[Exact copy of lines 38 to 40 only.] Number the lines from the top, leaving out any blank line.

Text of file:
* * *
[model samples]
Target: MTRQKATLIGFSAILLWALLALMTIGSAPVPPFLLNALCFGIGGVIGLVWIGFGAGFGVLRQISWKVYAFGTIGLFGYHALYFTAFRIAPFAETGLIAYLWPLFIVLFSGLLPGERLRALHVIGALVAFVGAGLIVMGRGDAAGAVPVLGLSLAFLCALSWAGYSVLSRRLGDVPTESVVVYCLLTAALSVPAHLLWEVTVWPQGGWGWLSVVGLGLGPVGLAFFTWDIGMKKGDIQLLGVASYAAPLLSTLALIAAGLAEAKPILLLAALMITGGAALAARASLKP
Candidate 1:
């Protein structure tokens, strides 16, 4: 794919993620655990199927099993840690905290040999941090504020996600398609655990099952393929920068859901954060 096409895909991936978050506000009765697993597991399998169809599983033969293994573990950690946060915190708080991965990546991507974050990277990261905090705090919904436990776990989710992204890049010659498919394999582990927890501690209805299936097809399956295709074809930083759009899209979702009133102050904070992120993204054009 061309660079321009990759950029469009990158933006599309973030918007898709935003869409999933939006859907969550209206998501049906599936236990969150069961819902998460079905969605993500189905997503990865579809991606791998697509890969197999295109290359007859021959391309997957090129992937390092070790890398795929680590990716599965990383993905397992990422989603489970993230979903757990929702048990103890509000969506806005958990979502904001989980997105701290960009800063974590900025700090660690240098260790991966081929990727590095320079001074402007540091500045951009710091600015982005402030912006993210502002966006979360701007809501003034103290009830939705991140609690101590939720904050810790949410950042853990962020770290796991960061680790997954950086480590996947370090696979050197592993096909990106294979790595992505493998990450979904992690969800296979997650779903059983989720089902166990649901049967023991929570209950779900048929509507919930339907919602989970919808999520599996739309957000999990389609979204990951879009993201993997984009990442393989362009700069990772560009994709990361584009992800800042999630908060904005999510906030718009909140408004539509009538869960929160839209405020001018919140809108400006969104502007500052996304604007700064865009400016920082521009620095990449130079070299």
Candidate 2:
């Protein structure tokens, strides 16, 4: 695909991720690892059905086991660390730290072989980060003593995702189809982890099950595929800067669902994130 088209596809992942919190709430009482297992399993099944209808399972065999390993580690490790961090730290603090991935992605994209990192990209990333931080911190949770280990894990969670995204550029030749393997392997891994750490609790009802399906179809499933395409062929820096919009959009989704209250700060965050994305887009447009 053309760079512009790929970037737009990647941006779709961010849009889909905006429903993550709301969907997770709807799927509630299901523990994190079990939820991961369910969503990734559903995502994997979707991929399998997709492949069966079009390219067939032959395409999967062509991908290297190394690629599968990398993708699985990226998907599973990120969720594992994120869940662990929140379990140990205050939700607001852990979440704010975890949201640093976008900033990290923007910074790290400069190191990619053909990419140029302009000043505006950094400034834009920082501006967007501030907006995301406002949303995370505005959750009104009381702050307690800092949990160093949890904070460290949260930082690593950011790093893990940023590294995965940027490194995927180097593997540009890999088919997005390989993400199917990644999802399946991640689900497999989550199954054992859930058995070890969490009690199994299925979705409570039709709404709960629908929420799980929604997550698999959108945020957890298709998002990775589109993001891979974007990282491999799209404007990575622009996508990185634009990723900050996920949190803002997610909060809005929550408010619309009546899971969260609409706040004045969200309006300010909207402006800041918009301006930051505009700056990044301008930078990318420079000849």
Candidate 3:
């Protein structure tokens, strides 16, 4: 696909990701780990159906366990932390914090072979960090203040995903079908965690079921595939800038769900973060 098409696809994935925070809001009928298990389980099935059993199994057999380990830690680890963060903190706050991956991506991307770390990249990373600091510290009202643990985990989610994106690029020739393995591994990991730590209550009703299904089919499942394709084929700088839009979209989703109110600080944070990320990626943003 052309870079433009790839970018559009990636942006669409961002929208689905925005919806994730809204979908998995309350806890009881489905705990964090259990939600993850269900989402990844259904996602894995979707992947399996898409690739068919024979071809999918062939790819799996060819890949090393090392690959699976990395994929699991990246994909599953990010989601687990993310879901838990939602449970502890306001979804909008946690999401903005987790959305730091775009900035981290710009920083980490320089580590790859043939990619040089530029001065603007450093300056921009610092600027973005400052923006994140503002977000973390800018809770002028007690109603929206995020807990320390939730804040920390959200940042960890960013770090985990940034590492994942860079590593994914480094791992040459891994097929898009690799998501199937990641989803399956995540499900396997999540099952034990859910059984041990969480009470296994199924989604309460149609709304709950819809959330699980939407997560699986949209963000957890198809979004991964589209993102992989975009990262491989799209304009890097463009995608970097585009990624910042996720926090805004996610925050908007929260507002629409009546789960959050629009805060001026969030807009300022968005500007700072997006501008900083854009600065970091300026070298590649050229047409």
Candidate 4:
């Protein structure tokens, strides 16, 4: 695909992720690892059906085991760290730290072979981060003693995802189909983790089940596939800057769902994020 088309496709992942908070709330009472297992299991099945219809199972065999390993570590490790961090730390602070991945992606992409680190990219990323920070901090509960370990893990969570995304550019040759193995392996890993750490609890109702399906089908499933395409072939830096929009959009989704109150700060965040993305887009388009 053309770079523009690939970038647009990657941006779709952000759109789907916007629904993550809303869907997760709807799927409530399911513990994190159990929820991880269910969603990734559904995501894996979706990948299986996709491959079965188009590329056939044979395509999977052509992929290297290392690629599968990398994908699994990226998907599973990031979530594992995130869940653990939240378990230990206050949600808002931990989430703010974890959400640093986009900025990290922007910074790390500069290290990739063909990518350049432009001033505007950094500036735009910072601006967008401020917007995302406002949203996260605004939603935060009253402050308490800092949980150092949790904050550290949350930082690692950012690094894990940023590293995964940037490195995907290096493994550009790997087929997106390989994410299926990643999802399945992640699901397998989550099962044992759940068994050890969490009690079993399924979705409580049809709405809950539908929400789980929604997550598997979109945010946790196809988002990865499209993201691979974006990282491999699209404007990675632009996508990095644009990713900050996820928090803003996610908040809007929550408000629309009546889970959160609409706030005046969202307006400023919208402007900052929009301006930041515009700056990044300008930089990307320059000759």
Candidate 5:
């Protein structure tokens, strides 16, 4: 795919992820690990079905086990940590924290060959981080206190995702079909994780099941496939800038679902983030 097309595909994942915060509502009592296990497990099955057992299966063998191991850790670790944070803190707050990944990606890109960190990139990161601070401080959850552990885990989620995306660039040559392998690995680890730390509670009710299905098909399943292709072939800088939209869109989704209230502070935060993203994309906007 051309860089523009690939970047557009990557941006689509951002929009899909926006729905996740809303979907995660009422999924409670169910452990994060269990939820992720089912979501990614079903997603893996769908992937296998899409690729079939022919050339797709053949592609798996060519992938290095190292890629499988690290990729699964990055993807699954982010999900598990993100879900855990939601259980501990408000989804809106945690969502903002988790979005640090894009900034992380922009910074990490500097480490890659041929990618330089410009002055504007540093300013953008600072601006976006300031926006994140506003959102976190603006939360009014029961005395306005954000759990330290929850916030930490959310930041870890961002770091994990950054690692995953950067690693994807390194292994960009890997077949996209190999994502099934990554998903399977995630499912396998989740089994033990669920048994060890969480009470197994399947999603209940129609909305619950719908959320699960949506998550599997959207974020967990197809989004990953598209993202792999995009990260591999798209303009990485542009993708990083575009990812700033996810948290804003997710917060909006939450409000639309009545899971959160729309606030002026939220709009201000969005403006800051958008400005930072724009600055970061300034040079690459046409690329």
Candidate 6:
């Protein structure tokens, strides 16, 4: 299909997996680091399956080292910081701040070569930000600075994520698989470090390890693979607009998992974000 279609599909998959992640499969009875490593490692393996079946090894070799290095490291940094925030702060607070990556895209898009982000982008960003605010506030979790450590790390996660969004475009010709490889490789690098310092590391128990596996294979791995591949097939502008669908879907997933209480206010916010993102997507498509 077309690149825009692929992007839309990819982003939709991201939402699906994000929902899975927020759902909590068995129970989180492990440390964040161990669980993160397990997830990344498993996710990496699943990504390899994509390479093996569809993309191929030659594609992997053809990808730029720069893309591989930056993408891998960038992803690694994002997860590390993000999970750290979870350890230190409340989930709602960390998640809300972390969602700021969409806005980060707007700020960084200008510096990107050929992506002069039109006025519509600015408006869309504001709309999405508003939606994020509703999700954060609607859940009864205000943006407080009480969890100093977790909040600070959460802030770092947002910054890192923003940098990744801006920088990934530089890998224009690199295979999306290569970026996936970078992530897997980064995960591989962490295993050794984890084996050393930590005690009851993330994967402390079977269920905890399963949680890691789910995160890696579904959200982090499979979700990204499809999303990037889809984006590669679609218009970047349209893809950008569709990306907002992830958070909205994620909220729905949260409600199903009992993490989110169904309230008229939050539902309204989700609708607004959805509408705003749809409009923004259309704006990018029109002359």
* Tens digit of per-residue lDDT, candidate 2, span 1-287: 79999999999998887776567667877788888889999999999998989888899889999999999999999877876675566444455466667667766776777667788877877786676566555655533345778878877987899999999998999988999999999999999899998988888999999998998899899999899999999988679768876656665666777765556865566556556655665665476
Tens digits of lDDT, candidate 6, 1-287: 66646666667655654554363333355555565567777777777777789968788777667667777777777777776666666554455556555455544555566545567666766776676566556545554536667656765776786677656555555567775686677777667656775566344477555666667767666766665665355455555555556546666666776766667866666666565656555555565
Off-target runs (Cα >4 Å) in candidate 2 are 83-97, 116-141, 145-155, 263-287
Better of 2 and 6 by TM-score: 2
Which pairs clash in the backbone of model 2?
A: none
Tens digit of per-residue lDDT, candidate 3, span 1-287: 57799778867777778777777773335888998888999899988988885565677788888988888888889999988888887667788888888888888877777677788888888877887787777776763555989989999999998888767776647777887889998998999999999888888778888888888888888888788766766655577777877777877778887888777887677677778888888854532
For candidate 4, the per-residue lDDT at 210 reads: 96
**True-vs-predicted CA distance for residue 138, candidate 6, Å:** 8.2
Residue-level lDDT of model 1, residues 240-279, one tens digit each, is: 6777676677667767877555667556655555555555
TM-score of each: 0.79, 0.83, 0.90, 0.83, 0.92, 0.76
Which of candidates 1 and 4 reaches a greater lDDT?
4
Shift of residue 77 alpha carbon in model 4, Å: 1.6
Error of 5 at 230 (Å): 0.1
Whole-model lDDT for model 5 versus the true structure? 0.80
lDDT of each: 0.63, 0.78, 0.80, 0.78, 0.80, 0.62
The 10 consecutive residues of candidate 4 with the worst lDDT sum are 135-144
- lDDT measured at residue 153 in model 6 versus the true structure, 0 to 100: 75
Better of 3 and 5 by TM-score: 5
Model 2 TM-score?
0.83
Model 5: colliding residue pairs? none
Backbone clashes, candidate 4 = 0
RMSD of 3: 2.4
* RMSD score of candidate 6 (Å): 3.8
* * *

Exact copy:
Backbone clashes, candidate 4 = 0
RMSD of 3: 2.4
* RMSD score of candidate 6 (Å): 3.8